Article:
The inclusion and exclusion criteria of both healthy controls and asthma group was the same as previously described in our published article [10]. The asthmatic cases were diagnosed by at least three respiratory physicians from the West China Hospital. From September 2013 to September 2016, 3 ml of venous blood was collected from each unrelated subject and stored in a − 80 °C refrigerator. The study was approved by the ethical committee of the West China Hospital of Sichuan University (Protocol No. 23).

Single Nucleotide Polymorphism (SNP) selection and genotyping

Tag-SNPs of CDHR3 with minor allele frequency (MAF) ≥ 0.05 and r2 ≥ 0.64 were chosen as we performed before [10]. The final selected 23 tag-SNPs of CDHR3 were rs3887998, rs12155008, rs41267, rs3892893, rs10270308, rs34426483, rs193795, rs2526978, rs381188, rs10241452, rs3847076, rs11981655, rs10808147, rs193806, rs2528883, rs41269, rs2526979, rs2526976, rs41262, rs41266, rs6967330, rs41270 and rs448024 (Table S1). The selection of SNPs in EMSY was the same as gene CDHR3 except for r2 ≥ 0.80 and literature review [11,12,13,14]. The 17 SNPs of EMSY were rs3753051, rs7125744, rs7926009, rs4945087, rs2508740, rs1939469, rs7115331, rs1044265, rs12278256, rs2513513, rs2508755, rs2155219, rs2513525, rs2508746, rs1892953, rs7130588 and rs10899234 (Table S2). Genomic DNA was extracted as we performed previously [10]. As a quality control measure, 5% of randomly chosen samples, were repeated genotyped. Both genotype results reached concordance rate of 100%.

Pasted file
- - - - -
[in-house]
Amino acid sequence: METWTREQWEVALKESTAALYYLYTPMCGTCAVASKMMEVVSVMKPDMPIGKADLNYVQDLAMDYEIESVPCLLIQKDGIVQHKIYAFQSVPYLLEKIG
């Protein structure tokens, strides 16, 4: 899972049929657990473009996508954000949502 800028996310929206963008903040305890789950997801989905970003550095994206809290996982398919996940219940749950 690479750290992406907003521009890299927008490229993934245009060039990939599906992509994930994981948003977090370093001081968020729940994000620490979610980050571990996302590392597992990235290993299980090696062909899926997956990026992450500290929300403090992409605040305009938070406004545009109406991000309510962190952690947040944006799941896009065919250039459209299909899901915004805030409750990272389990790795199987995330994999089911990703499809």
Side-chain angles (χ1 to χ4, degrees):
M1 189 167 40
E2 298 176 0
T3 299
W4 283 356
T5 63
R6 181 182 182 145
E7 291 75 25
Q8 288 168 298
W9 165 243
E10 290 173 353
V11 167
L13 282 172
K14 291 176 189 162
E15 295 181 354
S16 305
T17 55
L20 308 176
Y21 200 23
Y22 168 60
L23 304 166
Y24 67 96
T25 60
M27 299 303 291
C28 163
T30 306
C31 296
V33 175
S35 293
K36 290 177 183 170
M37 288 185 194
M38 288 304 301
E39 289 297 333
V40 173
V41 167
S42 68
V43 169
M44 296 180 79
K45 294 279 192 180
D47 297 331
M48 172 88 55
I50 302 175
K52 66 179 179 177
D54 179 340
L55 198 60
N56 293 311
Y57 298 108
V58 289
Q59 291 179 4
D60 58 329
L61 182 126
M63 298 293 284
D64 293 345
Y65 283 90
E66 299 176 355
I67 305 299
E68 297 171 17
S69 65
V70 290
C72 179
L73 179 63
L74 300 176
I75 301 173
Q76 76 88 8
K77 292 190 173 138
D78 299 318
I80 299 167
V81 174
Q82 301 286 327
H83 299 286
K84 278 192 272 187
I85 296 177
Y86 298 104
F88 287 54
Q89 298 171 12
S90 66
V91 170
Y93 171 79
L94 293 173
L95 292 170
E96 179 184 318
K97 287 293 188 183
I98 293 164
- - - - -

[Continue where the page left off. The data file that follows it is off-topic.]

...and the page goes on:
Data analyses

Software Statistical Package for the Social Sciences (SPSS, SPSS Inc., Chicago, IL, USA), version 21.0, was used for statistical analyses, with p < 0.05 indicating statistically significant.